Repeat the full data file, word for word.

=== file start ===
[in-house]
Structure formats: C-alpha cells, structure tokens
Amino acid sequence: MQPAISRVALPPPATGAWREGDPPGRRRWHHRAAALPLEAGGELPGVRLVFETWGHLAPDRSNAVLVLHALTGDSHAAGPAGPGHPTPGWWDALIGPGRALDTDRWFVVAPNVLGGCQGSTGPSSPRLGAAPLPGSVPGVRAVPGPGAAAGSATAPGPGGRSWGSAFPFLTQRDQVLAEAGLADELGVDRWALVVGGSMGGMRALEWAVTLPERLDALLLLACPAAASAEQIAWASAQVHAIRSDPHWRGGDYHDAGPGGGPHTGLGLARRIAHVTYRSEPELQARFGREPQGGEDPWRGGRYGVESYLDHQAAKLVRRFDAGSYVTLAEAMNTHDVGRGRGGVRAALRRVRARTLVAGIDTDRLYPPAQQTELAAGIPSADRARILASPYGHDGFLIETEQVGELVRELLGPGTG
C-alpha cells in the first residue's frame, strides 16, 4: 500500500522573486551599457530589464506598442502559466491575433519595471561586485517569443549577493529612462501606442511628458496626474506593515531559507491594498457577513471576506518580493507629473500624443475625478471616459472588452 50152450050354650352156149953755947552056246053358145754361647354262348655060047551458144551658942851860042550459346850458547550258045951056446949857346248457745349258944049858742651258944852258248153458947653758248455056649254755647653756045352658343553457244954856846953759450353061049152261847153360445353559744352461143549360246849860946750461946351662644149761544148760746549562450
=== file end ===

[in-house]
Structure formats: C-alpha cells, structure tokens
Amino acid sequence: MQPAISRVALPPPATGAWREGDPPGRRRWHHRAAALPLEAGGELPGVRLVFETWGHLAPDRSNAVLVLHALTGDSHAAGPAGPGHPTPGWWDALIGPGRALDTDRWFVVAPNVLGGCQGSTGPSSPRLGAAPLPGSVPGVRAVPGPGAAAGSATAPGPGGRSWGSAFPFLTQRDQVLAEAGLADELGVDRWALVVGGSMGGMRALEWAVTLPERLDALLLLACPAAASAEQIAWASAQVHAIRSDPHWRGGDYHDAGPGGGPHTGLGLARRIAHVTYRSEPELQARFGREPQGGEDPWRGGRYGVESYLDHQAAKLVRRFDAGSYVTLAEAMNTHDVGRGRGGVRAALRRVRARTLVAGIDTDRLYPPAQQTELAAGIPSADRARILASPYGHDGFLIETEQVGELVRELLGPGTG
C-alpha cells in the first residue's frame, strides 16, 4: 500500500522573486551599457530589464506598442502559466491575433519595471561586485517569443549577493529612462501606442511628458496626474506593515531559507491594498457577513471576506518580493507629473500624443475625478471616459472588452 50152450050354650352156149953755947552056246053358145754361647354262348655060047551458144551658942851860042550459346850458547550258045951056446949857346248457745349258944049858742651258944852258248153458947653758248455056649254755647653756045352658343553457244954856846953759450353061049152261847153360445353559744352461143549360246849860946750461946351662644149761544148760746549562450